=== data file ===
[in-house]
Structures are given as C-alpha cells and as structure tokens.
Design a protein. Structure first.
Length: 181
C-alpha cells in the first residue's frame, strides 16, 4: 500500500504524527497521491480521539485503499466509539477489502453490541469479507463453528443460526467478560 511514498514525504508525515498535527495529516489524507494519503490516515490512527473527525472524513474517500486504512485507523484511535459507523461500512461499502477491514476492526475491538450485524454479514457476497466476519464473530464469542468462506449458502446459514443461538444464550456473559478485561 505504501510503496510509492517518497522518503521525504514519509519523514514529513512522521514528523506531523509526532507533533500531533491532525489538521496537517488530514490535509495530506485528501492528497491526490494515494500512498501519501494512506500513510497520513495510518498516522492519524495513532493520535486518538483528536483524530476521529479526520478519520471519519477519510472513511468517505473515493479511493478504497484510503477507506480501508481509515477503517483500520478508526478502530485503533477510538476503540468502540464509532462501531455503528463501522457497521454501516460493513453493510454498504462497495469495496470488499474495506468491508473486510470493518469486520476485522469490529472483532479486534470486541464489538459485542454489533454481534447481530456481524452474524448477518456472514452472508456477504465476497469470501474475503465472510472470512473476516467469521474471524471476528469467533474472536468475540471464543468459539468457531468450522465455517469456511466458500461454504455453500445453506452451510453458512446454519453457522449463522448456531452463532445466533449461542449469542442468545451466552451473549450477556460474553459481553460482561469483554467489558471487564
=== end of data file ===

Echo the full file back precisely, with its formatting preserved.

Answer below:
[in-house]
Structures are given as C-alpha cells and as structure tokens.
Design a protein. Structure first.
Length: 181
C-alpha cells in the first residue's frame, strides 16, 4: 500500500504524527497521491480521539485503499466509539477489502453490541469479507463453528443460526467478560 511514498514525504508525515498535527495529516489524507494519503490516515490512527473527525472524513474517500486504512485507523484511535459507523461500512461499502477491514476492526475491538450485524454479514457476497466476519464473530464469542468462506449458502446459514443461538444464550456473559478485561 505504501510503496510509492517518497522518503521525504514519509519523514514529513512522521514528523506531523509526532507533533500531533491532525489538521496537517488530514490535509495530506485528501492528497491526490494515494500512498501519501494512506500513510497520513495510518498516522492519524495513532493520535486518538483528536483524530476521529479526520478519520471519519477519510472513511468517505473515493479511493478504497484510503477507506480501508481509515477503517483500520478508526478502530485503533477510538476503540468502540464509532462501531455503528463501522457497521454501516460493513453493510454498504462497495469495496470488499474495506468491508473486510470493518469486520476485522469490529472483532479486534470486541464489538459485542454489533454481534447481530456481524452474524448477518456472514452472508456477504465476497469470501474475503465472510472470512473476516467469521474471524471476528469467533474472536468475540471464543468459539468457531468450522465455517469456511466458500461454504455453500445453506452451510453458512446454519453457522449463522448456531452463532445466533449461542449469542442468545451466552451473549450477556460474553459481553460482561469483554467489558471487564